• Alex Dingwall

The Immigration Problem?

British antipathy towards immigration is not a new thing. It is often linked with painting a picture of immigrants as benefit scroungers, burdening the British welfare state and stealing the UK-nationals’ jobs without giving anything back to the system. Some immigrant populations have even been criticised for working too hard. Yes, you read that correctly. Amidst the contradictions listed above, a new wave of anti-immigration recently surfaced with even Prime Minister David Cameron speaking out against apparent masses of tax-dodging illegal immigrants in his 25 March Immigration speech, stating that in the UK, “You put into Britain- you don’t just take out.” But who exactly is doing all this putting in and taking out?

In 2009, Vox, a policy portal set up by the Centre for Economic Policy Research, provided an analysis of the fiscal consequences of post-enlargement migration to the UK of “A8 countries” (Czech Republic, Estonia, Hungary, Latvia, Lithuania, Slovenia, Slovakia, and Poland). Vox’s analysis was based on data from the UK Labour Force Survey and publications by HM Treasury, the Office for National Statistics, and several other Government Departments. The analysis found that A8 immigrants arriving between the second quarter of 2004 and the first quarter of 2009 were younger and better educated than the native population. Immigrants also had a higher labour market attachment than natives due to a higher labour market participation rate (88% vs 79%) and a higher employment rate (83% vs 75%). Furthermore, the study found that A8 immigrants are about 60% less likely than UK-nationals to receive state benefits or tax credits, and to live in social housing. And although A8 immigrants receive lower wages than UK-born workers (despite their better educational standards) they do have a higher labour force participation rate and are likely to pay more in indirect taxes like VAT, and-most importantly-make much lower use of benefits and public services. Quite the opposite of what was claimed in 2009 and also in the most recent wave of anti-immigration sentiment.

Employment Minister Chris Grayling and Immigration Minister Damian Green presented new findings from the Department of Work and Pensions (DWP) on nationality of benefit claimants in the Daily Telegraph in 2012. Channel 4 News Blog did a FactCheck on the research released by holding interviews with Mr Grayling and other DWP spokespersons. The figures showed that an estimated 371,000 people claiming benefits in the UK were non-UK nationals. Meaning that of the 5.5 million people of working age who were claiming benefits in 2012, 371,000 or 6.4 per cent were non-UK nationals. This is in contrast to the 16.6 per cent of British nationals who received benefits. To make matters more interesting, of those 371,000 people non-UK nationals that are claiming benefits, not all of them are claiming “out-of-work” benefits. For example, one could work a 15-hour week and still claim Jobseekers’ Allowance. Hence some of the 371,000 non-UK nationals could be contributing to the Exchequer through tax and National Insurance while they are claiming some benefits, offsetting the burden on the state.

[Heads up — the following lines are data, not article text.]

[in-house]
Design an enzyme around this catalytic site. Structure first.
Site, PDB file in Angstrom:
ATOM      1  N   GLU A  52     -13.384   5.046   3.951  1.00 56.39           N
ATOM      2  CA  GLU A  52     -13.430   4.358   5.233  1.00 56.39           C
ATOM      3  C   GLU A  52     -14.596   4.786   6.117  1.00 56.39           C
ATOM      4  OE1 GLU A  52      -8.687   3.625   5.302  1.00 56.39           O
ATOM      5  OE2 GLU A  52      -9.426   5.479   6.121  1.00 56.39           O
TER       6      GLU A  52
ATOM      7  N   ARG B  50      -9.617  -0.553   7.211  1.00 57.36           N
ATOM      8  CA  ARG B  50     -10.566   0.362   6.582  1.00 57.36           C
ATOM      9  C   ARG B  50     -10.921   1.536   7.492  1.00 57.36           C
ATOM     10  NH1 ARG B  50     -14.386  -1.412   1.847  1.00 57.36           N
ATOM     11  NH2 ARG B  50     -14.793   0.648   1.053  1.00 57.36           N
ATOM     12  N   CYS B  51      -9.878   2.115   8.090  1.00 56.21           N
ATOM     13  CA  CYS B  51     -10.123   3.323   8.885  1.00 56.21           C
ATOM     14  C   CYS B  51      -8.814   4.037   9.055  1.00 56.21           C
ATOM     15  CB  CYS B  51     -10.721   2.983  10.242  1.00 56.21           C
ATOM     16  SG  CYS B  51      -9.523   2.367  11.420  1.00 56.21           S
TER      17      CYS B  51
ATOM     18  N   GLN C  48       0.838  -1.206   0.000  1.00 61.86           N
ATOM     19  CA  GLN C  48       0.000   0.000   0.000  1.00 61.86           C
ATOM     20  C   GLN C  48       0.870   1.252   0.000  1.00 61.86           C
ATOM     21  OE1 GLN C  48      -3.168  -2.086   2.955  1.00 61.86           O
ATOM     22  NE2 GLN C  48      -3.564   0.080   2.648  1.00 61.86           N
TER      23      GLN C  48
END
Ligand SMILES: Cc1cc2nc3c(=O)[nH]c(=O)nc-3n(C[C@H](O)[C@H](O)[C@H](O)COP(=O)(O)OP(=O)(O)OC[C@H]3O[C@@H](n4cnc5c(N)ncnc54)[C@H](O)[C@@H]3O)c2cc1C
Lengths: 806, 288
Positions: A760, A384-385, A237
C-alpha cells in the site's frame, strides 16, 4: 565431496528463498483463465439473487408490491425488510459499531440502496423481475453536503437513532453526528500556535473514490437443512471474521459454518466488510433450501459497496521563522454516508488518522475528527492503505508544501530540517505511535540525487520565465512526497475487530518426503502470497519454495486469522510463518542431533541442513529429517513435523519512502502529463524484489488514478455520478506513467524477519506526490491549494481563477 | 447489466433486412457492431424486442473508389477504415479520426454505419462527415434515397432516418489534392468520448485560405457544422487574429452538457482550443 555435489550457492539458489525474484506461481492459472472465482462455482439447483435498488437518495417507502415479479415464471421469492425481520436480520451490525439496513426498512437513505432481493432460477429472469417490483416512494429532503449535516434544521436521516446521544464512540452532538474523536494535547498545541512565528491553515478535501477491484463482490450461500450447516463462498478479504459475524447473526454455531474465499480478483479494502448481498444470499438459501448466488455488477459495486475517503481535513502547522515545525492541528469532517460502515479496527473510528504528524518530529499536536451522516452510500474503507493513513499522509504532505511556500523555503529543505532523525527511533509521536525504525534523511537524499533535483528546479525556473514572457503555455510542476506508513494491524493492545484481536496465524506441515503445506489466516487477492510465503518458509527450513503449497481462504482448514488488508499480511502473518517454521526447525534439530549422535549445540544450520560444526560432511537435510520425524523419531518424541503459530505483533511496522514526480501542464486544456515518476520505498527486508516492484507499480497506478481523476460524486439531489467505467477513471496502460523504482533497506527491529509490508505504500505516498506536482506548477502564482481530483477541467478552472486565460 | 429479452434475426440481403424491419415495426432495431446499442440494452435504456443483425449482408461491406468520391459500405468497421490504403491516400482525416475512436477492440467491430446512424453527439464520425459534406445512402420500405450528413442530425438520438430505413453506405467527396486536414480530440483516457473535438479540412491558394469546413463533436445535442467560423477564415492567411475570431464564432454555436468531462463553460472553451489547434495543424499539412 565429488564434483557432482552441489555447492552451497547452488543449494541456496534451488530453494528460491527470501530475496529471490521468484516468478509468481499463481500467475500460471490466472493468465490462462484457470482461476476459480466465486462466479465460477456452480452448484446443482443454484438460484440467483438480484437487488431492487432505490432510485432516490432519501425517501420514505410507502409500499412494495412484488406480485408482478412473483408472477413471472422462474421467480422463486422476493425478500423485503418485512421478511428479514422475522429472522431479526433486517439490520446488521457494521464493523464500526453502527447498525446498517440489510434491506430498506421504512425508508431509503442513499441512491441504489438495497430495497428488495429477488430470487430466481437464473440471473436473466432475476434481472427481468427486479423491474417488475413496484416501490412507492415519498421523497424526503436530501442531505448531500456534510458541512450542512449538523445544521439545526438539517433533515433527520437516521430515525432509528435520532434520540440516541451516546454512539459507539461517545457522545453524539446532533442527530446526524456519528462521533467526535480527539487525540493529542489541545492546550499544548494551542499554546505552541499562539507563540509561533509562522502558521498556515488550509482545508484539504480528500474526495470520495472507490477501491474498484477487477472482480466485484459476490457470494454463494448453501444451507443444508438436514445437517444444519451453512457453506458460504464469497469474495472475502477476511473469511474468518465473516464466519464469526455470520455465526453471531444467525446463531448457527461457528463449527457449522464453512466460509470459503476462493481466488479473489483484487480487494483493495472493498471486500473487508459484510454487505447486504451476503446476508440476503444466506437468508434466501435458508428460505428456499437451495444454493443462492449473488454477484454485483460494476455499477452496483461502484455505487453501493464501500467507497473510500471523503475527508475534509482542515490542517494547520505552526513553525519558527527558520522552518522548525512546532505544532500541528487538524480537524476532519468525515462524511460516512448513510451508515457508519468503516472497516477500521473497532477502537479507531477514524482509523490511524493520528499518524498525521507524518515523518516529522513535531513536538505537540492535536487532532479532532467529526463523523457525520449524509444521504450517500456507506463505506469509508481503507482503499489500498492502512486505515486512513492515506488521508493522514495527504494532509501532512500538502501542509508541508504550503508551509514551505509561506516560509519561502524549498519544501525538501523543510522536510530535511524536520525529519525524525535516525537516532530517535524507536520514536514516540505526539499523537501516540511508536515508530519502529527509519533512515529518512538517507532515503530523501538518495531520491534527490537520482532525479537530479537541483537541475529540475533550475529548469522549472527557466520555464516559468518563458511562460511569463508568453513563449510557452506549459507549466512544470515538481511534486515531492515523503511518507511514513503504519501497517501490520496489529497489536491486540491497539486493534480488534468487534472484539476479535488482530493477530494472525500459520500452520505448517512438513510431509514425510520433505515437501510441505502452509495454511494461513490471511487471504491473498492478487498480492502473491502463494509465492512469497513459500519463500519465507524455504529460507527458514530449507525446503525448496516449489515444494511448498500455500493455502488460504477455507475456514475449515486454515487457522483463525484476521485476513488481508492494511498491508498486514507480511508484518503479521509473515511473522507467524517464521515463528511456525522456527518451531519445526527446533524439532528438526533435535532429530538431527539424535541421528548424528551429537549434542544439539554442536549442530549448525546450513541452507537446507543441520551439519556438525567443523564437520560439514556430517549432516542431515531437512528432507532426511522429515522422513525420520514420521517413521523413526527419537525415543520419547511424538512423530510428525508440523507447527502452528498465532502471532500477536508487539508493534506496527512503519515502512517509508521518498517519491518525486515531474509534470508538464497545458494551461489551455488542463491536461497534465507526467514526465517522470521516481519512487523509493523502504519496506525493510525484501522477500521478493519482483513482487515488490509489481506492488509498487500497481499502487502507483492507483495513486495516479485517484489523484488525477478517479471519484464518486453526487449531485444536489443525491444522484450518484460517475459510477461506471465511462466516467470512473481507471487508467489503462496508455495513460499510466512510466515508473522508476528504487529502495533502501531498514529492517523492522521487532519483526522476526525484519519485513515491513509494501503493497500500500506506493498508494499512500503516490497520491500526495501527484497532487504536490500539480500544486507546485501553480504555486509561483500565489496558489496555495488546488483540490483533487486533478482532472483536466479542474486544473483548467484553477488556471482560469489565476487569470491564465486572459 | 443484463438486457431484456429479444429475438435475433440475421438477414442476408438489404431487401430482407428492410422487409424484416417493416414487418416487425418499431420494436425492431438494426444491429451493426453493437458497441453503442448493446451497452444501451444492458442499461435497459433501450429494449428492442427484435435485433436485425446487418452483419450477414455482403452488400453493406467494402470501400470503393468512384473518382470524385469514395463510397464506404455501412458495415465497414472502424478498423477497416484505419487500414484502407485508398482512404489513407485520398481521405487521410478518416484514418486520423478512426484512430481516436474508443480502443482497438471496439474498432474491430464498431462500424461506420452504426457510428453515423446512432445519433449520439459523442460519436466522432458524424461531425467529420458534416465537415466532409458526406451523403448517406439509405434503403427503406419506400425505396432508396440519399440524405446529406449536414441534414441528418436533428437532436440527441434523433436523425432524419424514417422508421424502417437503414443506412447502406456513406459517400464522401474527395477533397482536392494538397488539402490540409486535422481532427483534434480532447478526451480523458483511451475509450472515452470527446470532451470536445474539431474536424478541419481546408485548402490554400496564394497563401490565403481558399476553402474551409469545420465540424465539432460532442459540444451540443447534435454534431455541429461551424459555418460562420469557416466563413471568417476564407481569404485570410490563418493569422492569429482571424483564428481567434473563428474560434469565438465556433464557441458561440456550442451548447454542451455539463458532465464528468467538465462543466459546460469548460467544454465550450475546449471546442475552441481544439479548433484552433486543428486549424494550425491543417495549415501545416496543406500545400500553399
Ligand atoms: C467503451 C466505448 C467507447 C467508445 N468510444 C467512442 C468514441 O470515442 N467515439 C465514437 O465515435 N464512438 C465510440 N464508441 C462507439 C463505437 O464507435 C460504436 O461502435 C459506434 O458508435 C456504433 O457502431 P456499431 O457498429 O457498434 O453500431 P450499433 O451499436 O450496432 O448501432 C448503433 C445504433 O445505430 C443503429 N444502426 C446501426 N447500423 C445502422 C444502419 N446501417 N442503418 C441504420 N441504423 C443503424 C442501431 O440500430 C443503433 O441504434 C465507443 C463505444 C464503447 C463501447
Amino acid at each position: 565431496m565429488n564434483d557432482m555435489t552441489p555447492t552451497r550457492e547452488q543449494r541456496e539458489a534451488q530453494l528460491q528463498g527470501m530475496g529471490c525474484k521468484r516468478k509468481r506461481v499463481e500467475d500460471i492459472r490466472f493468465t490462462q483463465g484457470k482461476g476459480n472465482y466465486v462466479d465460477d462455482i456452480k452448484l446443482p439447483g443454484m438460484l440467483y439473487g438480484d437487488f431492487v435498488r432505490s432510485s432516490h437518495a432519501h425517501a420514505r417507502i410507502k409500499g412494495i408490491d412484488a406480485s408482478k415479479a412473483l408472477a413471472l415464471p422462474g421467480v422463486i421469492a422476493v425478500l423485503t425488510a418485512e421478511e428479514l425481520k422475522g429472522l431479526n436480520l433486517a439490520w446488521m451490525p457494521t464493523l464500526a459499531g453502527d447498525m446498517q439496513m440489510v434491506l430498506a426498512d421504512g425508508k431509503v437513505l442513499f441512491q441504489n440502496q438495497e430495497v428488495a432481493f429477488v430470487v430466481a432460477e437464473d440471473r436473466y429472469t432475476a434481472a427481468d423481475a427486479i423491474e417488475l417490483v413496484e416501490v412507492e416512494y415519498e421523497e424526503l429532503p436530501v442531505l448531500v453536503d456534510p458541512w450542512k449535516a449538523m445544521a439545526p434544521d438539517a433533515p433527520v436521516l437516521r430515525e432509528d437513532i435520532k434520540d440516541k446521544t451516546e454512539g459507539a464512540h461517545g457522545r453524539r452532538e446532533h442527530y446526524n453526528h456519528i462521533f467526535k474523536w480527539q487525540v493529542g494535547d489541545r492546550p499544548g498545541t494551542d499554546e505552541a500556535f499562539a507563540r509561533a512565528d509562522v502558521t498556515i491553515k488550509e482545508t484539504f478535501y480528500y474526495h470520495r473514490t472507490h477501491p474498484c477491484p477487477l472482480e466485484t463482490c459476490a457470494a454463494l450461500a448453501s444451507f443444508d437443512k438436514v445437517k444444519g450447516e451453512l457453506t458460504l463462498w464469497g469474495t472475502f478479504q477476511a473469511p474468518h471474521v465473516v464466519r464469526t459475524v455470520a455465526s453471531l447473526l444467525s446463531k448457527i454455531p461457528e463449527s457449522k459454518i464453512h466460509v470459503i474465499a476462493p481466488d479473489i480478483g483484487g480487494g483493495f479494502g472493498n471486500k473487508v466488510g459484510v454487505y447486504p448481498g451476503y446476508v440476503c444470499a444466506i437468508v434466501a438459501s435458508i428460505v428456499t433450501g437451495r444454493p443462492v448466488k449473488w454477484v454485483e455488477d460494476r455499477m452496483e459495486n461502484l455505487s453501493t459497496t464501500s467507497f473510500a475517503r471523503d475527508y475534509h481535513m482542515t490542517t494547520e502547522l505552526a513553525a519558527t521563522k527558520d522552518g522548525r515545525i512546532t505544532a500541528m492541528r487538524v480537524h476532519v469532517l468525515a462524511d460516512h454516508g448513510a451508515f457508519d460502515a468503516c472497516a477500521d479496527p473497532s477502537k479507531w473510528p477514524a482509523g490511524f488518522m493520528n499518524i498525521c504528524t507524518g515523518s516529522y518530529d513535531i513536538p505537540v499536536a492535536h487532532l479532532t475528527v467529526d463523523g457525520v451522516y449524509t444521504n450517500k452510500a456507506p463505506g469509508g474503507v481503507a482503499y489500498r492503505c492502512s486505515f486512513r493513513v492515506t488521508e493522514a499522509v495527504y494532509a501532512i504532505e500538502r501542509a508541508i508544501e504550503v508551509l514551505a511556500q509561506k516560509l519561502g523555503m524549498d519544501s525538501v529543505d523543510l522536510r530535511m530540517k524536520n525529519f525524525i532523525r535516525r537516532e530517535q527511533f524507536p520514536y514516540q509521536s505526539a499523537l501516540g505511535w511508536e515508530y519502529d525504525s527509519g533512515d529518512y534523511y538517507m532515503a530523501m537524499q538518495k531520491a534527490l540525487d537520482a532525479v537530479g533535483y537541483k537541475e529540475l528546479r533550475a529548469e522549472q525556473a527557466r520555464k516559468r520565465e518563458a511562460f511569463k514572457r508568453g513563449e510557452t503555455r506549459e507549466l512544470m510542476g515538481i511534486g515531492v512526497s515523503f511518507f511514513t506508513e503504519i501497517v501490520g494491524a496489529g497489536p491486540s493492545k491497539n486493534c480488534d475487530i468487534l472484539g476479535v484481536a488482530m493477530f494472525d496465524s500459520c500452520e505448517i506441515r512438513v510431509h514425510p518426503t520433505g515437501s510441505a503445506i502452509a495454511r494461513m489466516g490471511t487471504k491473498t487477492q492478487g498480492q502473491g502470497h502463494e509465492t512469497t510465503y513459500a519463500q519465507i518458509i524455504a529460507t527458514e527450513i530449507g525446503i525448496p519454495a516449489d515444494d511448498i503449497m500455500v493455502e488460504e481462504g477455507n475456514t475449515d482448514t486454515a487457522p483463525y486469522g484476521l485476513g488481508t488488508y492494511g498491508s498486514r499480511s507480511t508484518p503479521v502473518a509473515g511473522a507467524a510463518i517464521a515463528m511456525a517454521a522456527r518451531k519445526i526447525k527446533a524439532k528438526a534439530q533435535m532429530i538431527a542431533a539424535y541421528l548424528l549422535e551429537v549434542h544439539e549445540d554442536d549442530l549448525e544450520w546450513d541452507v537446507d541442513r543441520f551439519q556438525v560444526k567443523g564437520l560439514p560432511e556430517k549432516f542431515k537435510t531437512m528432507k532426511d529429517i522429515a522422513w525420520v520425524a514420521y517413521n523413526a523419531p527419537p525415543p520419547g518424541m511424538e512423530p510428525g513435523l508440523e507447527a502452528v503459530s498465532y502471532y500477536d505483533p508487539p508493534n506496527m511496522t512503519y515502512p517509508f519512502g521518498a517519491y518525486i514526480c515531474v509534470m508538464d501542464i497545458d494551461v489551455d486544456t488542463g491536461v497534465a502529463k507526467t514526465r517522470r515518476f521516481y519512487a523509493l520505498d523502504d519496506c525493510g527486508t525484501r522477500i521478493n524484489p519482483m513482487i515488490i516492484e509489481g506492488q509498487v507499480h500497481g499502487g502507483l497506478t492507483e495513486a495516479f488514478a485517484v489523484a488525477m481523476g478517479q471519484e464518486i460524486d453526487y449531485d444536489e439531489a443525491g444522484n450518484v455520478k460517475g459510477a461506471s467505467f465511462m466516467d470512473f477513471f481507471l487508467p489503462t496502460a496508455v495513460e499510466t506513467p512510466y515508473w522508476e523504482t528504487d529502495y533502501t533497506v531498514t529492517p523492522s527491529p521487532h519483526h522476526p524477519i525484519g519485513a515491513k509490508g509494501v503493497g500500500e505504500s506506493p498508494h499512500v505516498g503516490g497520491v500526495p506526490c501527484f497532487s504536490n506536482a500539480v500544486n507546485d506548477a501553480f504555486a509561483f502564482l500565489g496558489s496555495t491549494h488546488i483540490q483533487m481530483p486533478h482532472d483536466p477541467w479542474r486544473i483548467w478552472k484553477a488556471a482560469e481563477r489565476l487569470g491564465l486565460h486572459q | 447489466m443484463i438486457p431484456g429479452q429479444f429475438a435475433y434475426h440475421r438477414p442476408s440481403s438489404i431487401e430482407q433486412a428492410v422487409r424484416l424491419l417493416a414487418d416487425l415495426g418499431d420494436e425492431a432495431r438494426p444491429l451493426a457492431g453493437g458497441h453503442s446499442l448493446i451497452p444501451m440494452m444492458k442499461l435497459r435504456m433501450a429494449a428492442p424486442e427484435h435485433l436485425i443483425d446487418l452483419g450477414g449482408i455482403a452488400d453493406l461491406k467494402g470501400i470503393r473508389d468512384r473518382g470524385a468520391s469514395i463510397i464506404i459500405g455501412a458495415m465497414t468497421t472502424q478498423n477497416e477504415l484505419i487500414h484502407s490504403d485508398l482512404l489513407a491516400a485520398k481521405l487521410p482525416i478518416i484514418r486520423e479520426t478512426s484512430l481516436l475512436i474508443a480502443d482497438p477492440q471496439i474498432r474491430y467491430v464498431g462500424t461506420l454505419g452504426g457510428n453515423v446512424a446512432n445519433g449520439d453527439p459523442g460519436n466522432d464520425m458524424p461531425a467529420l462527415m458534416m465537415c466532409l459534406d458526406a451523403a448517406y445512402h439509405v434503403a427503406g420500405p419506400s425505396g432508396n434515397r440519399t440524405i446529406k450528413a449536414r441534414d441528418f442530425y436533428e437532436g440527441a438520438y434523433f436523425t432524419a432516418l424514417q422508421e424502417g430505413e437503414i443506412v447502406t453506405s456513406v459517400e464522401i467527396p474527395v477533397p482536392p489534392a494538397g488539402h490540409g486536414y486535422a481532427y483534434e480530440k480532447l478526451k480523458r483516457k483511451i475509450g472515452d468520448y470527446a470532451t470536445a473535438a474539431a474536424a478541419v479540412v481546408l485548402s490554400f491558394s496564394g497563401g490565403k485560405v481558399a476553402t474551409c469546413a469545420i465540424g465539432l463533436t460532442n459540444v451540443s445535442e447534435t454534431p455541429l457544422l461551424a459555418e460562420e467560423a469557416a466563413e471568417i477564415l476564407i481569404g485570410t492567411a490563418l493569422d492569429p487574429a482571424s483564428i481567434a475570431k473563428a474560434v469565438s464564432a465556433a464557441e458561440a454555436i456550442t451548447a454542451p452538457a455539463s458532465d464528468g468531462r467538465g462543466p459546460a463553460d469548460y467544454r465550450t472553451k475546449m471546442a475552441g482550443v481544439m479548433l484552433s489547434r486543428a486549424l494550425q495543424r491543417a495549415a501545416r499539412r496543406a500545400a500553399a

Going back to David Cameron’s statement of “You don’t just take out”, there was no evidence in the DWP research that indicated that large numbers of migrants were receiving benefits that they were not entitled to. Moreover, it also did not provide any evidence of hoards of people migrating to Britain with no intentions of finding work and wanting to live off of state benefits instead. Employment Minister Grayling admitted that DWP had “…yet to establish the full picture. It may be that there isn’t a problem right now.” Another piece of the picture that is missing is up to date, on-going and disaggregated data; including long-term studies of foreign benefit users, concrete evidence of “benefit tourism” or exactly how many non-UK nationals are in-work but claiming benefits. It becomes increasingly difficult to point the finger when there is no concrete evidence to back your claim or even worse when the evidence does not support your claim and points the finger right back at you.

Council of Europe Commissioner for Human Rights Nils Muižnieks addressed the European Economic and Social Committee in March of this year with a speech in Brussels in response to the new wave of anti-immigration sentiment, entitled, “Immigration-a source of wealth and duties for Europe”. Muižnieks argued that the rhetoric of fear and hatred of migrants is spread by politicians throughout many European countries, “ various groups and parties present migrants as a threat to public health and security and as adding to the suffering of Europeans hard-hit by the economic crises.” In fact the opposite holds true, immigrants fill jobs that have been abandoned by natives. He suggests that migrants should not become the scapegoats for the difficulties faced by Europe. “Instead, European states should recognise the benefits of welcoming migrants and of setting adequate framework for their participation in the European economy and societies.” A rational management of migration by states would fully respect the civil, political and social rights of migrants. This can be achieved through a human rights based approach, an approach that upholds the dignity of every person instead of disproportionally discriminating against them.

So in the end, is there actually a problem evidenced by facts or is it just a bunch of politicians screaming “immigrants”?